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Proc Natl Acad Sci U S A. Dec 23, 2008; 105(51): 20179–20184.
Published online Dec 16, 2008. doi:  10.1073/pnas.0807121105
PMCID: PMC2603435

Determination of tag density required for digital transcriptome analysis: Application to an androgen-sensitive prostate cancer model


High-throughput sequencing has rapidly gained popularity for transcriptome analysis in mammalian cells because of its ability to generate digital and quantitative information on annotated genes and to detect transcripts and mRNA isoforms. Here, we described a double-random priming method for deep sequencing to profile double poly(A)-selected RNA from LNCaP cells before and after androgen stimulation. From ≈20 million sequence tags, we uncovered 71% of annotated genes and identified hormone-regulated gene expression events that are highly correlated with quantitative real time PCR measurement. A fraction of the sequence tags were mapped to constitutive and alternative splicing events to detect known and new mRNA isoforms expressed in the cell. Finally, curve fitting was used to estimate the number of tags necessary to reach a “saturating” discovery rate among individual applications. This study provides a general guide for analysis of gene expression and alternative splicing by deep sequencing.

Keywords: alternative splicing, androgen-regulated gene expression in prostate cancer cells, curve regression, high-throughput sequencing

Microarray-based approaches, especially unbiased tiling arrays, suggest that up to 80% of the genome may be transcribed to produce a huge number of uncharacterized transcripts relative to current gene annotation (14). In contrast, recent transcriptome analysis by deep sequencing indicates that the vast majority of expressed transcripts in mammalian tissues and cell lines are confined to annotated genes and exons (5, 6). Although microarray-based approaches suffer from a great degree of uncertainty in relating detected hybridization signals to defined transcripts, sequencing-based approaches tend to be overwhelmed by abundant transcripts in the cell. Construction of “normalized” libraries for deep sequencing might facilitate the discovery of low abundance transcripts, many of which may act as noncoding, regulatory RNA in mammalian cells.

An advantage of transcriptome analysis by deep sequencing is the ability to detect structural variation of individual transcripts. It is well known that different transcripts from the same genes may be generated by differential promoter usage, heterogeneous transcriptional start sites and alternative 3′ end formation (2). A recent Pol II ChIP-chip study indicates that protein-coding genes may have an average of 3 to 5 promoters in both the mouse and human genomes (7). Further adding to the diversity in the transcriptome is alternative RNA processing of most protein-coding genes as a consequence of alternative 5′ and 3′ splice site choices, exon inclusion/skipping, intron retention, and combinatorial use of alternative exons (8). It is estimated that up to 74% of human genes undergo alternative splicing, which is believed to contribute to the complexity of the proteome in mammalian cells (9).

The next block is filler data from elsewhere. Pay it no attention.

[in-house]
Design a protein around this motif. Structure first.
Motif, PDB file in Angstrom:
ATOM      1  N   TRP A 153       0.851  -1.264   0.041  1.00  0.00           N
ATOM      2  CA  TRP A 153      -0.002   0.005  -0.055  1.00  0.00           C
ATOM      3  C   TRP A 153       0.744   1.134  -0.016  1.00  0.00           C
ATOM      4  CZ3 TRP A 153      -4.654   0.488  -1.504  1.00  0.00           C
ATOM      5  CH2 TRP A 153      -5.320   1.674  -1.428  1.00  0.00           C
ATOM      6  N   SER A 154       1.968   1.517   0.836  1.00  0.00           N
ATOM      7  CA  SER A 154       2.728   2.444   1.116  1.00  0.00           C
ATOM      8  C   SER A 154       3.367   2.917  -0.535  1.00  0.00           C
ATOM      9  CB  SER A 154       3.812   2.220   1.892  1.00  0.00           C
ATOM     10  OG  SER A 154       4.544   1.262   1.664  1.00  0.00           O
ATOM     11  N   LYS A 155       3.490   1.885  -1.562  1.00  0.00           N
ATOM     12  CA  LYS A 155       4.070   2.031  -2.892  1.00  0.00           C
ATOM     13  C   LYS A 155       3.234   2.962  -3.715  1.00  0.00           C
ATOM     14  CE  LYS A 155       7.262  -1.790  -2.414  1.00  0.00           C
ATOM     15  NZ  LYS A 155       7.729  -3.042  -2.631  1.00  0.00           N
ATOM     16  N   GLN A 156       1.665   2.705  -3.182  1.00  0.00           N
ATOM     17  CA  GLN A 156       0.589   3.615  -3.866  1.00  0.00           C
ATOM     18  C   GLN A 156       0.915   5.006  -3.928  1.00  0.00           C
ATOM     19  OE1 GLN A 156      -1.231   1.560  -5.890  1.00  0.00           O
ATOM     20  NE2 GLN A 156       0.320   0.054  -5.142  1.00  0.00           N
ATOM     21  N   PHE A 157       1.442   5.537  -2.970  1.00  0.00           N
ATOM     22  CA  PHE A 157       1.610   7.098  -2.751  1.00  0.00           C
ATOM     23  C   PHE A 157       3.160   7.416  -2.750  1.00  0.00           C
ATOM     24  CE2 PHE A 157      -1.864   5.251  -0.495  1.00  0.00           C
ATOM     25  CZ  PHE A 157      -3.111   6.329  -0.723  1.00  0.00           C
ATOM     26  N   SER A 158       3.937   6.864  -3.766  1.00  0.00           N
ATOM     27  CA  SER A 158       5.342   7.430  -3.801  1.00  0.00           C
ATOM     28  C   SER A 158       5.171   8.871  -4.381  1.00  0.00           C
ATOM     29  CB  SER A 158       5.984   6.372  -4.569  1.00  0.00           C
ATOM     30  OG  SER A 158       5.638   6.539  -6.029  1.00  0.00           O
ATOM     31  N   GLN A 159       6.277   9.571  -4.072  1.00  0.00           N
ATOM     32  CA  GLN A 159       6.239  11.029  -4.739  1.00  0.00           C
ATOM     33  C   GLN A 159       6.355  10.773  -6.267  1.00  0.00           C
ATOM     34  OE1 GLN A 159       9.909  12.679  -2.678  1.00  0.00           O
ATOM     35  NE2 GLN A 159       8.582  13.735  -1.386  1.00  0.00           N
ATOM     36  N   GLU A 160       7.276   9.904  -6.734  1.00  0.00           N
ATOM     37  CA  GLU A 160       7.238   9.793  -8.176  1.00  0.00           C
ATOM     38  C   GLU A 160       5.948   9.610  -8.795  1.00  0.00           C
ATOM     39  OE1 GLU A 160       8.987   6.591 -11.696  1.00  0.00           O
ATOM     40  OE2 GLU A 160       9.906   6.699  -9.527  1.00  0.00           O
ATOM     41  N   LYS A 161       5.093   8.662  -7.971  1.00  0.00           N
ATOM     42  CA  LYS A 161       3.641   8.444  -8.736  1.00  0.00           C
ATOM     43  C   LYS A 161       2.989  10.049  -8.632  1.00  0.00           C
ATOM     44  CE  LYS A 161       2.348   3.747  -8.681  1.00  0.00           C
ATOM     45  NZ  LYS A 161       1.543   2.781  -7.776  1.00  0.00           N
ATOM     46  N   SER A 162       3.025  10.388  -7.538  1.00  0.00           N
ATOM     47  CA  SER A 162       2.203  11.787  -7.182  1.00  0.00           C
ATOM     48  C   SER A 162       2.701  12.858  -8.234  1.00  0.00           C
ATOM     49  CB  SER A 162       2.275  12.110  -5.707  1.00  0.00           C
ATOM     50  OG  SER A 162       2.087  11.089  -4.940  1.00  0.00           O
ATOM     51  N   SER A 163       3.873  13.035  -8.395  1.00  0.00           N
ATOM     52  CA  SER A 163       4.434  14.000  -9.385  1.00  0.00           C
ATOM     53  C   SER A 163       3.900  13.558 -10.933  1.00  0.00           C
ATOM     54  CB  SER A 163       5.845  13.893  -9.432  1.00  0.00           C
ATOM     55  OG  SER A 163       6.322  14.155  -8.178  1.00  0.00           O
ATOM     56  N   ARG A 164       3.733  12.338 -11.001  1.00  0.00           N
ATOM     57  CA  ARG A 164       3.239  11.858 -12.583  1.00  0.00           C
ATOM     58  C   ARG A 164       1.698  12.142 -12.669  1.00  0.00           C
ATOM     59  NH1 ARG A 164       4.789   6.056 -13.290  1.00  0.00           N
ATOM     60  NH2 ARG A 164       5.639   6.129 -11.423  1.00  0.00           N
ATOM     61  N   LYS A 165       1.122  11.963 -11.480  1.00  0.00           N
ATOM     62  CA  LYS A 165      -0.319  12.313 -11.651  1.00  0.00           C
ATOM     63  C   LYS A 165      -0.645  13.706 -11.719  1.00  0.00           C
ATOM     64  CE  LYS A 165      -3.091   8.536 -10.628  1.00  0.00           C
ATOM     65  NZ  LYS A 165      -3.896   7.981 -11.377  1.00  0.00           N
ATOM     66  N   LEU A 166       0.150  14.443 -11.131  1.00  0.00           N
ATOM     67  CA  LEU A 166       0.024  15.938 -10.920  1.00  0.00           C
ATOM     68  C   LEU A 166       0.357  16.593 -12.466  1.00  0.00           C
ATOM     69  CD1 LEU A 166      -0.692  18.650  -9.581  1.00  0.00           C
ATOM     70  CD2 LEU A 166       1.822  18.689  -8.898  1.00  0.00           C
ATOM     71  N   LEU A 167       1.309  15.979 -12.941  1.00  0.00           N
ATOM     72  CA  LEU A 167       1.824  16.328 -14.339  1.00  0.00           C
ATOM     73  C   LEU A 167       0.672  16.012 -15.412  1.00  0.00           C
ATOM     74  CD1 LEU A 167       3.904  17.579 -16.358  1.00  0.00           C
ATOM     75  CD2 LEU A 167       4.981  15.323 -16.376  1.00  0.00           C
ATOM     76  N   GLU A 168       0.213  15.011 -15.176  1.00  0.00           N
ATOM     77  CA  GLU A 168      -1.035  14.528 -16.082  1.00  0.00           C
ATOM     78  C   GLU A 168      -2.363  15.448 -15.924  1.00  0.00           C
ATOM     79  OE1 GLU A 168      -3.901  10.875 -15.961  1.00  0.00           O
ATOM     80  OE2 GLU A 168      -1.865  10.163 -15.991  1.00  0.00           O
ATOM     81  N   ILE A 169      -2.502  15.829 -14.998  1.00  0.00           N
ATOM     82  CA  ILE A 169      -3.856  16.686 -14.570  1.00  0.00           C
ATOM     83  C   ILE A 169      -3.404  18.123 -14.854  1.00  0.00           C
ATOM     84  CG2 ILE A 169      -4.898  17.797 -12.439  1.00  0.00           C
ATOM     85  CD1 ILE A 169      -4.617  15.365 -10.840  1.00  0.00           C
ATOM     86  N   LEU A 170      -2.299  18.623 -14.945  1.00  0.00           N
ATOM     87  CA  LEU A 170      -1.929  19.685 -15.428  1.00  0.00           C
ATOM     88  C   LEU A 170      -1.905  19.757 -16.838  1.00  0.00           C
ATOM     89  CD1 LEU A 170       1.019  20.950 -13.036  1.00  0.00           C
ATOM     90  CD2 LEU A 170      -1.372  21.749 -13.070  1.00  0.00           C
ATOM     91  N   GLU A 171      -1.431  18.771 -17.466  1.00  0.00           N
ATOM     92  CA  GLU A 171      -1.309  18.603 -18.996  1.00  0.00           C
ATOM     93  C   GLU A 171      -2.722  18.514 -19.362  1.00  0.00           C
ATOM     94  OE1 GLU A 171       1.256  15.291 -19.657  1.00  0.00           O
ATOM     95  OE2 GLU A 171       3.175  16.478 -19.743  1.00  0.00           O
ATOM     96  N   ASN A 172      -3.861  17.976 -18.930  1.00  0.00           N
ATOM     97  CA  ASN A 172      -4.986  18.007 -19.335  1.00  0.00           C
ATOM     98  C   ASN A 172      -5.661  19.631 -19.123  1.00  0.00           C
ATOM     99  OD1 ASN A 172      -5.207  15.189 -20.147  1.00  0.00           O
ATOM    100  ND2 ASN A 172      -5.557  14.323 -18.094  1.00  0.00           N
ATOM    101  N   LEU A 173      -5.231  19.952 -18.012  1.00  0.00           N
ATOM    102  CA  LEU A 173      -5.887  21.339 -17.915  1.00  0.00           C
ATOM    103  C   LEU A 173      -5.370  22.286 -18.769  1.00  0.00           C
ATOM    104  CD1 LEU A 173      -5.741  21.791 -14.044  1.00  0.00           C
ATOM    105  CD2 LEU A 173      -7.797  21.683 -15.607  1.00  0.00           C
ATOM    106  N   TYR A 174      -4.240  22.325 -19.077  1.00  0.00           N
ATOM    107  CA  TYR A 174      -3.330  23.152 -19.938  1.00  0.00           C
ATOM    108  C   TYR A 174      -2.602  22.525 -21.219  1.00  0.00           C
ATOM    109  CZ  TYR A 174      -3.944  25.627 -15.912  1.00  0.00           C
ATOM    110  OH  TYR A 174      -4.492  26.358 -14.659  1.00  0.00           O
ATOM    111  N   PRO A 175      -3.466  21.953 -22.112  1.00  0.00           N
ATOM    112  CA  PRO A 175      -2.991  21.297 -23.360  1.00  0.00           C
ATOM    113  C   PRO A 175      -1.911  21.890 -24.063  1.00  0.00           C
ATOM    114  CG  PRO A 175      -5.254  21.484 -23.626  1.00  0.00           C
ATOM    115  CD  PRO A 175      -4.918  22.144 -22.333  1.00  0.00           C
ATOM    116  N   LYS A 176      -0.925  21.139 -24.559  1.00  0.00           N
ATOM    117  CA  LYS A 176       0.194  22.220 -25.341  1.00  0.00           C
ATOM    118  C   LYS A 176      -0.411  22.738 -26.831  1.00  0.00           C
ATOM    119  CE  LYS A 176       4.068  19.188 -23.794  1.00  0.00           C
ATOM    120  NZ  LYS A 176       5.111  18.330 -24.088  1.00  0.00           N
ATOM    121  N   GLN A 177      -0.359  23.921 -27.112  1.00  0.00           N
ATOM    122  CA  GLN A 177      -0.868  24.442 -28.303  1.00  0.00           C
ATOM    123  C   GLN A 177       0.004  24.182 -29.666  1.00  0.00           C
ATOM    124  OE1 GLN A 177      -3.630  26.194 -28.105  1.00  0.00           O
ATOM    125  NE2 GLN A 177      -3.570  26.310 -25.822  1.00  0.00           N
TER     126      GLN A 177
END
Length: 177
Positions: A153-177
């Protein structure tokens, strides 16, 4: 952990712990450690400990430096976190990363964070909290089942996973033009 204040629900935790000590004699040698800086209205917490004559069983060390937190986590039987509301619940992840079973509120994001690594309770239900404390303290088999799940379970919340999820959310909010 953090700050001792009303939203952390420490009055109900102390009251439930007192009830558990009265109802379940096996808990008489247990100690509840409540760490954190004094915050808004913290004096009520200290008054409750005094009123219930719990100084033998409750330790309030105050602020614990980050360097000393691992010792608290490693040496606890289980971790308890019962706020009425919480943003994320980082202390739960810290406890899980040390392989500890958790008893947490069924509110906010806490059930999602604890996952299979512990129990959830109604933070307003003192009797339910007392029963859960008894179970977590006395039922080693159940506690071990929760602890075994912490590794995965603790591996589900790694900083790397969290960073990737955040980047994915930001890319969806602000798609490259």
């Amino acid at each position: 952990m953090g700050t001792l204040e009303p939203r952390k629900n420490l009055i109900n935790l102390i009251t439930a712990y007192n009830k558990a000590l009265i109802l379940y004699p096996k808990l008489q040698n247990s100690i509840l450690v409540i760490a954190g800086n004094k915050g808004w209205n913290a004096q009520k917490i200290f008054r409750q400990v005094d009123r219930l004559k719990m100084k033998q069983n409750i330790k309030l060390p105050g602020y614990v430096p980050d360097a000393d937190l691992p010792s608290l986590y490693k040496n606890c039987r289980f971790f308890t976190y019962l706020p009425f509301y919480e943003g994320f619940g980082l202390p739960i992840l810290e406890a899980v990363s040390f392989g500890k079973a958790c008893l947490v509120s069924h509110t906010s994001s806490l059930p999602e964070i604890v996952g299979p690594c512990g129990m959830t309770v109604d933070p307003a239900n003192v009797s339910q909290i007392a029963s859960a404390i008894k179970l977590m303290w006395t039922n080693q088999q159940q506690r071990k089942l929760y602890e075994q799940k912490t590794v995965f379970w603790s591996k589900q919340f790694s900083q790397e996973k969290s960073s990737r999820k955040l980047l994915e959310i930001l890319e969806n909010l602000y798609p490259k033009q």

It is striking to note that individual laboratories now have the capacity to generate sequenced tags that are on the same order of sequenced mRNA/ESTs in publicly available databases (≈160K mouse mRNAs from RIKEN (10) and ≈30M ESTs in dbEST) accumulated over decades. However, despite recent reports on transcriptome analysis by deep sequencing (5, 6, 11), a range of practical issues remain to be addressed: How many annotated genes are detectable in a single cell type, what is the number of tags that is necessary for quantitative analysis of differentially regulated genes under different experimental conditions, to what extent can existing mRNA isoforms be detected, and how can one quantify alternative splicing by using a single or combination of existing technologies?